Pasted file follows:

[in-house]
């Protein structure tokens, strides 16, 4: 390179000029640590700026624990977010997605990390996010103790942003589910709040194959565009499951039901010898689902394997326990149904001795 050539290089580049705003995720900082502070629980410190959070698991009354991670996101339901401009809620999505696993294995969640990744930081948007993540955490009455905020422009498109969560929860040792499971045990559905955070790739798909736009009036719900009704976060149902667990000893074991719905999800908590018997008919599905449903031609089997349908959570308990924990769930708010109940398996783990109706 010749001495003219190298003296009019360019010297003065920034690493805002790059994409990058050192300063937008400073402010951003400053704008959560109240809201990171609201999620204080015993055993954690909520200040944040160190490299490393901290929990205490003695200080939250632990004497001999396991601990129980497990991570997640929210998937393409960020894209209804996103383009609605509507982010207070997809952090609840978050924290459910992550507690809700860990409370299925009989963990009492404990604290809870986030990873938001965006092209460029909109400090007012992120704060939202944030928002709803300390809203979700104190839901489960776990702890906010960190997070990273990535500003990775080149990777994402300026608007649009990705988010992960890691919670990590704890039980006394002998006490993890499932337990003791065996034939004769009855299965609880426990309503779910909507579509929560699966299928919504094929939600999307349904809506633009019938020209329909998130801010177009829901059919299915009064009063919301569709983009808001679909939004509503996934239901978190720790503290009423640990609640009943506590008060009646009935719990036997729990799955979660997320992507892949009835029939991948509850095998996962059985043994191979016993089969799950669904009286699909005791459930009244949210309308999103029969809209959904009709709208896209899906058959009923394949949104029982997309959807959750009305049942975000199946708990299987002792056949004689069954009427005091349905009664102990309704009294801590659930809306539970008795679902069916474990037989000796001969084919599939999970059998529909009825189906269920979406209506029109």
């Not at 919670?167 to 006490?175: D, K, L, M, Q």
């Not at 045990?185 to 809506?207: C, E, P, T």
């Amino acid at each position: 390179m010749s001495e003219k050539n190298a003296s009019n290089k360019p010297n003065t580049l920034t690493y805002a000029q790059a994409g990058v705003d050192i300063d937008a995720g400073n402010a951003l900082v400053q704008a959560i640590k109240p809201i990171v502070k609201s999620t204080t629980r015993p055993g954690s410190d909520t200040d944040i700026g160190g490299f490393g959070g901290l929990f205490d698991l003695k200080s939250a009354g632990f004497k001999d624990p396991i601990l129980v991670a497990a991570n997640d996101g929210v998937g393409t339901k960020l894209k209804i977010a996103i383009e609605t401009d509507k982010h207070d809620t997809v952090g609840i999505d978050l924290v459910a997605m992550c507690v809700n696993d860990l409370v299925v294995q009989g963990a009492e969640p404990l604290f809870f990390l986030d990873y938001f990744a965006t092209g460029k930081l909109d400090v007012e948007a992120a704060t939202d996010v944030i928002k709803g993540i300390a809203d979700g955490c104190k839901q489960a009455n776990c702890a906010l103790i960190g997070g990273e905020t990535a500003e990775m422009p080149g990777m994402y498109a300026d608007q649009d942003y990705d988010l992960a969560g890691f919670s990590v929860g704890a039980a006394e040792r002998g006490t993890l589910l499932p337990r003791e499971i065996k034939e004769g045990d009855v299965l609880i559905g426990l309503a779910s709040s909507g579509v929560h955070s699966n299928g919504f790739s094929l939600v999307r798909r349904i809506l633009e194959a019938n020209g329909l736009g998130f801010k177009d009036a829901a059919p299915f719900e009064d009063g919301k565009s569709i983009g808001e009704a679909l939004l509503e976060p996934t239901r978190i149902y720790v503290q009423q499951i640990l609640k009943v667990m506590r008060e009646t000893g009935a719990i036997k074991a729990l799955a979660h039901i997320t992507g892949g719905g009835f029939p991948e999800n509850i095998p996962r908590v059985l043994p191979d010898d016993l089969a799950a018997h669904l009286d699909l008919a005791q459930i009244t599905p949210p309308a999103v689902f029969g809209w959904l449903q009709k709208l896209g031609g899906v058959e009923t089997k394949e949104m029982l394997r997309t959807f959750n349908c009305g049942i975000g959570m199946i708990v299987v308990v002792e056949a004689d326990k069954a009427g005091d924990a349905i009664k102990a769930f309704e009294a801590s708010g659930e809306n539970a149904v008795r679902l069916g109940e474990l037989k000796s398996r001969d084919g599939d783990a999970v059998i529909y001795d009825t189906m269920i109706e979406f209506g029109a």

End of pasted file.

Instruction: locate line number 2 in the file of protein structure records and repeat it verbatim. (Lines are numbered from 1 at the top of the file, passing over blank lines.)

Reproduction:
């Protein structure tokens, strides 16, 4: 390179000029640590700026624990977010997605990390996010103790942003589910709040194959565009499951039901010898689902394997326990149904001795 050539290089580049705003995720900082502070629980410190959070698991009354991670996101339901401009809620999505696993294995969640990744930081948007993540955490009455905020422009498109969560929860040792499971045990559905955070790739798909736009009036719900009704976060149902667990000893074991719905999800908590018997008919599905449903031609089997349908959570308990924990769930708010109940398996783990109706 010749001495003219190298003296009019360019010297003065920034690493805002790059994409990058050192300063937008400073402010951003400053704008959560109240809201990171609201999620204080015993055993954690909520200040944040160190490299490393901290929990205490003695200080939250632990004497001999396991601990129980497990991570997640929210998937393409960020894209209804996103383009609605509507982010207070997809952090609840978050924290459910992550507690809700860990409370299925009989963990009492404990604290809870986030990873938001965006092209460029909109400090007012992120704060939202944030928002709803300390809203979700104190839901489960776990702890906010960190997070990273990535500003990775080149990777994402300026608007649009990705988010992960890691919670990590704890039980006394002998006490993890499932337990003791065996034939004769009855299965609880426990309503779910909507579509929560699966299928919504094929939600999307349904809506633009019938020209329909998130801010177009829901059919299915009064009063919301569709983009808001679909939004509503996934239901978190720790503290009423640990609640009943506590008060009646009935719990036997729990799955979660997320992507892949009835029939991948509850095998996962059985043994191979016993089969799950669904009286699909005791459930009244949210309308999103029969809209959904009709709208896209899906058959009923394949949104029982997309959807959750009305049942975000199946708990299987002792056949004689069954009427005091349905009664102990309704009294801590659930809306539970008795679902069916474990037989000796001969084919599939999970059998529909009825189906269920979406209506029109």